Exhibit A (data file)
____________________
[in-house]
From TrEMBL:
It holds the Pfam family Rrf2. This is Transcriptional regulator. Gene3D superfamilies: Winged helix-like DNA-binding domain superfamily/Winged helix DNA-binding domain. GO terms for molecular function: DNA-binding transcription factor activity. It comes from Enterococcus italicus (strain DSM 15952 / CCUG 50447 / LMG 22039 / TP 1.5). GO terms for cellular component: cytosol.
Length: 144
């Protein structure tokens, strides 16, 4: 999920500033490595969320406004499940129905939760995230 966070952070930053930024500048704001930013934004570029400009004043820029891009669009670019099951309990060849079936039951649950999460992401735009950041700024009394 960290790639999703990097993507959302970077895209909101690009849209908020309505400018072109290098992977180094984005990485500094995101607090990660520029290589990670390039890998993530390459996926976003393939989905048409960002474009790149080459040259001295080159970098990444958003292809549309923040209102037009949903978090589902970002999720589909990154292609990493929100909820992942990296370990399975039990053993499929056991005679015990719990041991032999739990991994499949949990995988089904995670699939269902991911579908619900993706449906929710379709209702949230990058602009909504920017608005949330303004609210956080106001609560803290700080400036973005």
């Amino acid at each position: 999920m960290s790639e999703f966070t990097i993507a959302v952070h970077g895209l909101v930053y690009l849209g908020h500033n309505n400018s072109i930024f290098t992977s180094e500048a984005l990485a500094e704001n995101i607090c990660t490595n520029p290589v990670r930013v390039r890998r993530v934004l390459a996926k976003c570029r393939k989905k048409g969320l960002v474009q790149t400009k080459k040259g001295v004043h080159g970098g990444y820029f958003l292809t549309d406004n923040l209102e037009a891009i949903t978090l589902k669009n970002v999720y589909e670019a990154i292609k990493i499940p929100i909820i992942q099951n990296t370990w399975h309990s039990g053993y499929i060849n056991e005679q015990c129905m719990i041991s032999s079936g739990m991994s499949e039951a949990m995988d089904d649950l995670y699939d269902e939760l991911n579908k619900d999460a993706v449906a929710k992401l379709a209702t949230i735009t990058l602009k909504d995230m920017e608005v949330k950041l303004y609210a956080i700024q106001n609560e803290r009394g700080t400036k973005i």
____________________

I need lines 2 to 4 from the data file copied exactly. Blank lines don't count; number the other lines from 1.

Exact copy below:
From TrEMBL:
It holds the Pfam family Rrf2. This is Transcriptional regulator. Gene3D superfamilies: Winged helix-like DNA-binding domain superfamily/Winged helix DNA-binding domain. GO terms for molecular function: DNA-binding transcription factor activity. It comes from Enterococcus italicus (strain DSM 15952 / CCUG 50447 / LMG 22039 / TP 1.5). GO terms for cellular component: cytosol.
Length: 144